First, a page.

The issue is how to eliminate such liabilities, and assuming such debt can be eliminated using cash flow at each company, total cash flow in all industries stood at some 42 trillion yen in fiscal 1999. This means 42 trillion yen is available for repaying 100 trillion yen in liabilities, so unless the economy itself deteriorates, the bad loan problem can be solved.

Moderator: The economic slowdown in the U.S. is casting a dark shadow over Asian economies.

Thanong: The decelerating U.S. economy is worrisome. The Thai government, after factoring in the U.S. economic slowdown, has revised the nation's economic growth forecast to 2.5% from 4%. Since the economic crisis in 1997, the Thai economy has been driven by trade surplus and revenue from tourism. Thailand's current-account surplus topped $10 billion a year until the beginning of this year and the nation could afford to build up foreign reserves, but its trade surplus has almost dried up.

On the other hand, domestic consumption in Thailand remains weak because investors do not have confidence in the results of the nation's economic reforms. The Thai government intends to push ahead with financial reform, especially in the banking sector, and enliven the capital market.

The Thai government injected capital into the financial sector by making use of funds made available through an aid scheme initiated by Japan's former Finance Minister Kiichi Miyazawa, and it helped the nation's economic growth to recover to around 4%. But the Thai economy cannot keep adopting such policies forever.

The banking sector in Thailand does not function properly as it is saddled with nonperforming loans. The Thai government set up the Thai Asset Management Corp. for the 100-day term of operation, and the bank is continuing purchasing bad loans, with consultations with private banks, in order to bring the bad loan ratio to less than 10% by the end of this year. Bad loan disposal for large corporations has almost been completed and most remaining bad loans are those for smaller firms. The Thai government is also making strenuous efforts to enliven small and midsize businesses by gaining support from Japan.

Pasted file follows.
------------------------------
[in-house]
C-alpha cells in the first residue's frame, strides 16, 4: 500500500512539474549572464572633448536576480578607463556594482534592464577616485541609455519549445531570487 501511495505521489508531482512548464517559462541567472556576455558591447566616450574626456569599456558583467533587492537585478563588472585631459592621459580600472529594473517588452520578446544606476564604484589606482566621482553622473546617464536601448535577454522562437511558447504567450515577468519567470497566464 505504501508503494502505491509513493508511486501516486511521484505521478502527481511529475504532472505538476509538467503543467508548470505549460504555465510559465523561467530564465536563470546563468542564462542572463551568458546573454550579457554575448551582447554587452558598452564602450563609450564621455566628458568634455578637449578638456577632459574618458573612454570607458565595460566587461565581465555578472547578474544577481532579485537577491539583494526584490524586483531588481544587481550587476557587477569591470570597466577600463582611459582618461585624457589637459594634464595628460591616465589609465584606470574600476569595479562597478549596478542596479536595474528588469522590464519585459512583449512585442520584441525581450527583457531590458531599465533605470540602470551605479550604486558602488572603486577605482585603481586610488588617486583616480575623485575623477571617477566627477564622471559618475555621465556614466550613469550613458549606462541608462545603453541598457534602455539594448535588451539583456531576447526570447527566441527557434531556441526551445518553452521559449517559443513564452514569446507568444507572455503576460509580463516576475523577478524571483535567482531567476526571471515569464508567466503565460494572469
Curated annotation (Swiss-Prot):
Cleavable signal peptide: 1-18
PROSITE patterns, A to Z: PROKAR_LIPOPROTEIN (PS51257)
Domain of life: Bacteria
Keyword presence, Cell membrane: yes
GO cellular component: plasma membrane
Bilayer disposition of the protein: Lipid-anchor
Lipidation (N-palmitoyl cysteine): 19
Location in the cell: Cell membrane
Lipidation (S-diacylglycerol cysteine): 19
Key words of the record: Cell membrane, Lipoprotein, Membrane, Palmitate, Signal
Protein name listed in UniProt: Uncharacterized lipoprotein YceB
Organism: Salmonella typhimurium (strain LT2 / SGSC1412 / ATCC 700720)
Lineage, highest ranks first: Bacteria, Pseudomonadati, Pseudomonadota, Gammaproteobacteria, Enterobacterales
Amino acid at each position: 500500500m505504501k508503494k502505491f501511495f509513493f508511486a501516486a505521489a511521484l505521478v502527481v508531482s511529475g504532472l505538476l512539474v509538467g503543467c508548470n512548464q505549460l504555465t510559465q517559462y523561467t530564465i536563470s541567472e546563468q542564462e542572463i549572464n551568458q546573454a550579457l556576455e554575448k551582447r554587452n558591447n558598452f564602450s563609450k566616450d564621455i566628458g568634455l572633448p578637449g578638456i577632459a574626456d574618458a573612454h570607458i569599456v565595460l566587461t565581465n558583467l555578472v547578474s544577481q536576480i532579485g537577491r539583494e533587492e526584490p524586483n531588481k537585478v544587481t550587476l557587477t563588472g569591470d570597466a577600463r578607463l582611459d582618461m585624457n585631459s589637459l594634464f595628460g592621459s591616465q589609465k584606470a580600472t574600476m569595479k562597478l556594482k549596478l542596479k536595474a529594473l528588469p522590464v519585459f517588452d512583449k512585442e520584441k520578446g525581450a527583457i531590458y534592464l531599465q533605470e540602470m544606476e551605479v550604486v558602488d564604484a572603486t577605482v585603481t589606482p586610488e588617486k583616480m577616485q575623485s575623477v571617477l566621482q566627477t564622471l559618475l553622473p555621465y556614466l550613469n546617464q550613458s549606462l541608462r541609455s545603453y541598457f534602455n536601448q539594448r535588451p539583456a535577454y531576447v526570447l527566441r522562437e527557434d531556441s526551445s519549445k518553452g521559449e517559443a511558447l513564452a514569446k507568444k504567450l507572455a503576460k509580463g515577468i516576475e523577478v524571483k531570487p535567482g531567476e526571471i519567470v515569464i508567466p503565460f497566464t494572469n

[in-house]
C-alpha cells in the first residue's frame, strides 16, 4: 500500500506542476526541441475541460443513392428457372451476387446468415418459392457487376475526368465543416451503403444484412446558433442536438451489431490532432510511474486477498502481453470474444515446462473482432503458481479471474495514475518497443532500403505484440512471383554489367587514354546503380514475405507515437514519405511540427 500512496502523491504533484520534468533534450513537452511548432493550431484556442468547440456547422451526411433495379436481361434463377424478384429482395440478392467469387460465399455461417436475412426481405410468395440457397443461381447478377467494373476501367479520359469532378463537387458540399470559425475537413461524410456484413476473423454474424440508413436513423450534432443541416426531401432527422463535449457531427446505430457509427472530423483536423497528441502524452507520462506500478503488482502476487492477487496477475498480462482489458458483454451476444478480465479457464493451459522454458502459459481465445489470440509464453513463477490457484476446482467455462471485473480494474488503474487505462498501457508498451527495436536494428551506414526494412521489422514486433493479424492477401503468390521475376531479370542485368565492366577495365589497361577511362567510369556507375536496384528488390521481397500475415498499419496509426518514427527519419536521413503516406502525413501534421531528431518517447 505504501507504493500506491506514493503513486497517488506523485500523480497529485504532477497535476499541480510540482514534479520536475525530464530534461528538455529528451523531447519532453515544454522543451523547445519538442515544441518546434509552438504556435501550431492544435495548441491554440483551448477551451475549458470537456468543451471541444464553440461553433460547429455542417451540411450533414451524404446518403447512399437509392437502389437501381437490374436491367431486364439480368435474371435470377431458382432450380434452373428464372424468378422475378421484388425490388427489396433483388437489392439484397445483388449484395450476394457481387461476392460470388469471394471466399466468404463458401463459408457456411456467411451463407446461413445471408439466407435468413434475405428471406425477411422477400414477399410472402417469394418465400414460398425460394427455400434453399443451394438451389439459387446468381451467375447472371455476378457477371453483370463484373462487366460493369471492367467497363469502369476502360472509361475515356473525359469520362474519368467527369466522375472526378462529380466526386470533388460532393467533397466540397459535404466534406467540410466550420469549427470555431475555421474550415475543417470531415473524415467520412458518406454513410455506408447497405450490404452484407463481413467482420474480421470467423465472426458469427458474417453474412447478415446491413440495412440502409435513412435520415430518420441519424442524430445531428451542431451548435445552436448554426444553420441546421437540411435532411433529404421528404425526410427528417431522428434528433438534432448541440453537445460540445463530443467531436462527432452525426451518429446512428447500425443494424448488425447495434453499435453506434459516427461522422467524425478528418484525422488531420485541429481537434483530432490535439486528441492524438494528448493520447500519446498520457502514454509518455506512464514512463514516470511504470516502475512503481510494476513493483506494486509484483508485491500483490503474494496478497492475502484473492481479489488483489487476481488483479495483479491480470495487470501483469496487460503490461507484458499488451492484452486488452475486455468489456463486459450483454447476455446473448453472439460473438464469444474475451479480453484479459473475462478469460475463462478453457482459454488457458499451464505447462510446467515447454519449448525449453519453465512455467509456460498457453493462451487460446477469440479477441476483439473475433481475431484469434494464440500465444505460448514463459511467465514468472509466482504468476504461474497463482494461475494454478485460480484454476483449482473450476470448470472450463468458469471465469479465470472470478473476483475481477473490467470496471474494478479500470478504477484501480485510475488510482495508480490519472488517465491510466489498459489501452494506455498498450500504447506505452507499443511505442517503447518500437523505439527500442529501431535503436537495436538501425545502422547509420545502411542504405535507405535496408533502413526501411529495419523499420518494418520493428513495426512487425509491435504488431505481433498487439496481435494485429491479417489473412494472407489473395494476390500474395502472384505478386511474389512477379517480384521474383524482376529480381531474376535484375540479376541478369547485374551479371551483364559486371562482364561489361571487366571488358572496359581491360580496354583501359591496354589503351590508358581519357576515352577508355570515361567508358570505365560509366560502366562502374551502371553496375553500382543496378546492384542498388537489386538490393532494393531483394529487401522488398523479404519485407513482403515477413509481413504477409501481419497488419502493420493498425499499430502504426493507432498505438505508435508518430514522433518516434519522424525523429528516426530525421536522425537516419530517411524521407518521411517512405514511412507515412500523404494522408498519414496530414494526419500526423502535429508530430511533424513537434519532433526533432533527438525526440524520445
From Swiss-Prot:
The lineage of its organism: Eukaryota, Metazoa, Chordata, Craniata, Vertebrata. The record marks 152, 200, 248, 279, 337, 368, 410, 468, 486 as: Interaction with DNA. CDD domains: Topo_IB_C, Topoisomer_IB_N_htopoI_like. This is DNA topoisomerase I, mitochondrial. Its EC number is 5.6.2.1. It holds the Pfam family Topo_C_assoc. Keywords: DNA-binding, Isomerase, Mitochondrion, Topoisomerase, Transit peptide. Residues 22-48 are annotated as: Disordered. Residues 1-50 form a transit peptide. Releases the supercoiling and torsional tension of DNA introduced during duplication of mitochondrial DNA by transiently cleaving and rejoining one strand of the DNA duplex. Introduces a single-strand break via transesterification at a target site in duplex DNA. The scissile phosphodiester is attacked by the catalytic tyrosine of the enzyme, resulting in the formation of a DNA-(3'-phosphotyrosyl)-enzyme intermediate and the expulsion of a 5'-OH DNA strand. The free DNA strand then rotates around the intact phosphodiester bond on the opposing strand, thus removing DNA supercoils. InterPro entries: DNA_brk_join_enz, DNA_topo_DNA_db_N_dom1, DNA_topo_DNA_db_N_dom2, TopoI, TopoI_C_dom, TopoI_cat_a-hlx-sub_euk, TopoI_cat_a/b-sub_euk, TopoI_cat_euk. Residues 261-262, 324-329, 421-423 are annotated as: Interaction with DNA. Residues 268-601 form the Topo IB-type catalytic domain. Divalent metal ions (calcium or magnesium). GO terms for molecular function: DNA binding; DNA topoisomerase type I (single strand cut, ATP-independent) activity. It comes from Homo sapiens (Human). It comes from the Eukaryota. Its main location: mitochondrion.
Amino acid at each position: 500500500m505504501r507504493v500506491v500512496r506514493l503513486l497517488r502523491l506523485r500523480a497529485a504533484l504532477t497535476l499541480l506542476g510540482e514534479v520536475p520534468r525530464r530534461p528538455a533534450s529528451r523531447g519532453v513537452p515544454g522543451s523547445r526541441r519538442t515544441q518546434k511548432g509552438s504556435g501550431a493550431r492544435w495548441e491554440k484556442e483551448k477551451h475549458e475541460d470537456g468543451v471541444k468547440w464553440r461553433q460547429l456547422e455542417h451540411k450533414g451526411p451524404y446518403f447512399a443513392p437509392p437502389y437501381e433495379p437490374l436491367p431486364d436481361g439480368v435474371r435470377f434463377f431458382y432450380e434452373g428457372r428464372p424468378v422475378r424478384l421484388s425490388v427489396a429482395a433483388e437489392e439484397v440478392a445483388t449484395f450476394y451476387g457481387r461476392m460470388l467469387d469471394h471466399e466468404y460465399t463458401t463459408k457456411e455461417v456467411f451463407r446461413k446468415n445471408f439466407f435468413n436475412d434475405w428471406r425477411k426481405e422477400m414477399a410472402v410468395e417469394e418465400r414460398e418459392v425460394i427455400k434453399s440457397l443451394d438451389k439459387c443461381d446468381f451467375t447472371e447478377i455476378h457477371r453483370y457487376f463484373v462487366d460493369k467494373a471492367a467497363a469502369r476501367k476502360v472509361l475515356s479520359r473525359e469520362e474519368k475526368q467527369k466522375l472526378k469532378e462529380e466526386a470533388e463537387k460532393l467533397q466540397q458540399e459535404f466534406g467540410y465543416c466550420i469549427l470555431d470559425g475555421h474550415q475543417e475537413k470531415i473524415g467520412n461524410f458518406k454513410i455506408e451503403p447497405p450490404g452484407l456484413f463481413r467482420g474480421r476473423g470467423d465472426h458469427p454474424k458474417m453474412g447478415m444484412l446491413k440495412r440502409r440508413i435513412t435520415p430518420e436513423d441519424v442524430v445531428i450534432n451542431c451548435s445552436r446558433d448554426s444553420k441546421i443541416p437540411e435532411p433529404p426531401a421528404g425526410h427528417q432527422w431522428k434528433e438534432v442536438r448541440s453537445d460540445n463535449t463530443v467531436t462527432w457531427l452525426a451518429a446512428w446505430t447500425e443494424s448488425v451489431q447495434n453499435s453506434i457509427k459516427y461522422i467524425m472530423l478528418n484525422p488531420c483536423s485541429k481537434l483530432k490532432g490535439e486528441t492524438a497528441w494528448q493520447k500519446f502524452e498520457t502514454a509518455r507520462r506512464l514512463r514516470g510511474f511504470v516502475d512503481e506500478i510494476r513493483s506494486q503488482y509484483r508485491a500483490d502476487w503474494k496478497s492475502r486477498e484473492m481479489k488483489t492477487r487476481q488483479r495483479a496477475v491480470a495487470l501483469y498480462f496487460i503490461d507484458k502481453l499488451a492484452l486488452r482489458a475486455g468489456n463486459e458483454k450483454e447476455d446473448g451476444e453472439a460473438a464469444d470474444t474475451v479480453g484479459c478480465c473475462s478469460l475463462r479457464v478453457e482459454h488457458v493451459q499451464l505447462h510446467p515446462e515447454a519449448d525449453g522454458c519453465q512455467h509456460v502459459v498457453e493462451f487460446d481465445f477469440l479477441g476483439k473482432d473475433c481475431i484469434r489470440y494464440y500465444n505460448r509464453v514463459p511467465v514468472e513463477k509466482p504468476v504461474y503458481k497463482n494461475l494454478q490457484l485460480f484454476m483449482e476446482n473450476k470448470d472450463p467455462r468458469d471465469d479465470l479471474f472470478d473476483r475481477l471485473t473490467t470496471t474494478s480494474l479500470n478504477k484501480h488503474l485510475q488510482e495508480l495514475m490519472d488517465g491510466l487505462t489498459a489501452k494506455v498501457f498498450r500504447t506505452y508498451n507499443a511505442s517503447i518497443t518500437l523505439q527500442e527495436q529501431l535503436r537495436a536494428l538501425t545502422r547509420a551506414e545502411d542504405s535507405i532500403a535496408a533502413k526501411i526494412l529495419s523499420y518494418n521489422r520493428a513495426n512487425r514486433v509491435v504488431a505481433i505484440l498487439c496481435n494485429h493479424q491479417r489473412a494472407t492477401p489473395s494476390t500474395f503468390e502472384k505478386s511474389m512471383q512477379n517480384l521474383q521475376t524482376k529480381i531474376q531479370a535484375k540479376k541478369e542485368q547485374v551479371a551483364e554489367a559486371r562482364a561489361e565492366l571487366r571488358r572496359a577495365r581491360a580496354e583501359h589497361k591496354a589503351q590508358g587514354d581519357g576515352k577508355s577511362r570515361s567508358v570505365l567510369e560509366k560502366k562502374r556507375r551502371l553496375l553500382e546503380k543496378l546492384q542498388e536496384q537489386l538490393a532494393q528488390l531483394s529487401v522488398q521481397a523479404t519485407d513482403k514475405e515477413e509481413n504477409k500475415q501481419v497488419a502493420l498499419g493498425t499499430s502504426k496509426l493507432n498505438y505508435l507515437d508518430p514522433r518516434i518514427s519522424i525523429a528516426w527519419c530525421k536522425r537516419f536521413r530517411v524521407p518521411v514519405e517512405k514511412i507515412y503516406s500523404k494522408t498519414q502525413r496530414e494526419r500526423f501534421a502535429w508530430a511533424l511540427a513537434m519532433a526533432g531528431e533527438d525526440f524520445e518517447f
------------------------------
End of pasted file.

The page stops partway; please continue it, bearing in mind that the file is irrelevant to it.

Yoshitomi: According to Thai Finance Minister Somkid Jatusripitak, the Thai government has similar problems to Japan in terms of macroeconomic policy. That is, lending by banks to small and midsize companies has not increased enough. Although money supply is steadily increasing, bank credit remains flat in many Asian nations, posing a hindrance to steady economic recovery in the region.

This is a critical time for Japan, which faced similar problems several years ago, to think with the rest of Asian countries how to coordinate macroeconomic policy with microeconomic problems in the banking sector.

Thanong: The Thai economy is expected to shrink some 2.5% due to the economic downturn in the U.S., and unless the real economy is revitalized, Thai economic growth might fall below the 2.5% line.

The Thai government holds a meeting of experts every Monday and has made decisions on effective measures such as adjusting fiscal and monetary policies. Through such meetings, the Thai government will be able to deal with matters involving the foreign-exchange market and economic slowdown in an appropriate manner.

(The Nikkei Weekly July 30 Issue)

Titles of speakers, names of companies, etc., were correct as of the time when the forum was held.